US 1694524 A
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Description (OCR text may contain errors)
Dec. 11, 1928.
K. ZENTNER PPARATS FOR KNEADING AND FORMING AMALGAMS Filed Dec. 29 1926 2 any INVENTOR HIS ATTDNEY lao Patented Dec. 11, 1928.
UNITED STATES KARL ZENTNEB, 0F FBANKFORT-ON-THE-MAIN, GERMANY.
APPARATUS FOR KNEADING AND FORMING AMALGAMS.
Application led December 29, 1926, Serial No. 157,854, and in Germany December 31, 1925.
The invention relates to an improved apparatus `for mixing and preparing amai-1 gams, more especially for use as dental fillings, and has for its object to provide a simple and effective mechanism, which will serve as a means for measuring the ingredients or constituents of the amalgam and also as a mortar in which the ingredients are worked and kneaded to the desired consistency and the excess mercury expelled, after which the body or pellet of amalgam is discharged ready for use. To thisend, the invention comprises a mortar consisting of an upper and lower section connected together ior independent rotation, each section being provided with a longitudinal bore traversed by a rod threaded on its lower end and engaging the threaded Vbore of the lower section and provided on its upper end with a piston-like head which iits the bore of the upper section and constitutes the bottom of the mortar as well as the element for discharging the finished body or pellet of amalgam ready for use.
The invention is illustrated in the accompanying drawings, in which Fig. l is a sectional elevation apparatus.v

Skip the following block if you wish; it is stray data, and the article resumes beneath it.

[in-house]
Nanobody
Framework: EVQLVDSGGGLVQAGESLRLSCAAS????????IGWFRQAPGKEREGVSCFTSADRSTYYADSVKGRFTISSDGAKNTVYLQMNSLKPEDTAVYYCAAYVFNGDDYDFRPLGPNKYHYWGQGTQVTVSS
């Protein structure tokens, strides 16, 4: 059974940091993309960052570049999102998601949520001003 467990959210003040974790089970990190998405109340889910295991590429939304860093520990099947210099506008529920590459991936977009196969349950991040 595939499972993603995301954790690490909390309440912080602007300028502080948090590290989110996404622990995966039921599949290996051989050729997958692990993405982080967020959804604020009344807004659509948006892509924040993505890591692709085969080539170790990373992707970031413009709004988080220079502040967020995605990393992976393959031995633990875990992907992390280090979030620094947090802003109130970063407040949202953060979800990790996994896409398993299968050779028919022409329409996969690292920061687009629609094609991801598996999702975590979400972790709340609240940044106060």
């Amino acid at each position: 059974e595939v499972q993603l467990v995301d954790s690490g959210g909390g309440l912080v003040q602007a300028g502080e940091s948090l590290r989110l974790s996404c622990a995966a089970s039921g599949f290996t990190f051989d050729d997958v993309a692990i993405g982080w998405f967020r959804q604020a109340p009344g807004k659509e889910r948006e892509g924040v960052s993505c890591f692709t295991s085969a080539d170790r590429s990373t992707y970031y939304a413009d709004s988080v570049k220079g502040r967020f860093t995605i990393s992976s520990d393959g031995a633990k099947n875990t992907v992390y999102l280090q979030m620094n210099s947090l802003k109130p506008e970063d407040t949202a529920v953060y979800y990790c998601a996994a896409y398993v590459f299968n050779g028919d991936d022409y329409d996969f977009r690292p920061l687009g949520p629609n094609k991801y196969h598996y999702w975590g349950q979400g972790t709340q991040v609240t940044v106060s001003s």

Fig. 2 is a plan view thereof.
Fig. 3 is a side elevation of the stylus or pestle, which may be conveniently employed with the mortar. f
Referring to Fig. 1, the mortar comprises a base section al provided with a longitudinal bore, the lower part of which is interiorly screw threaded and the upper portion of which is enlarged to form a socket to receive the reduced cylindrical end of the upper member a, which latter is also provided with a longitudinal bore of two diameters in the upper and larger section of which operates a piston e formed upon a rod f traversing the smaller portion of the bore and provided at its lower'end with a screw threaded section g, which engages the threaded portion of the bore of the lower section a1.
The sections a and a1 are secured together to prevent relative longitudinal movement and to permit independent rotation of the sections by means of a set screw o tapped into an opening in the upper portion of the .section al, theend of the pin engaging a circumferential groove in the reduced portion b of the upper section a. By this particular coordination, it will be apparent that, if the parts a and a1, are turned in opposite directhrough the tions, the piston e will be displaced or moved up or down Within the cylindrical bore of the upper section a.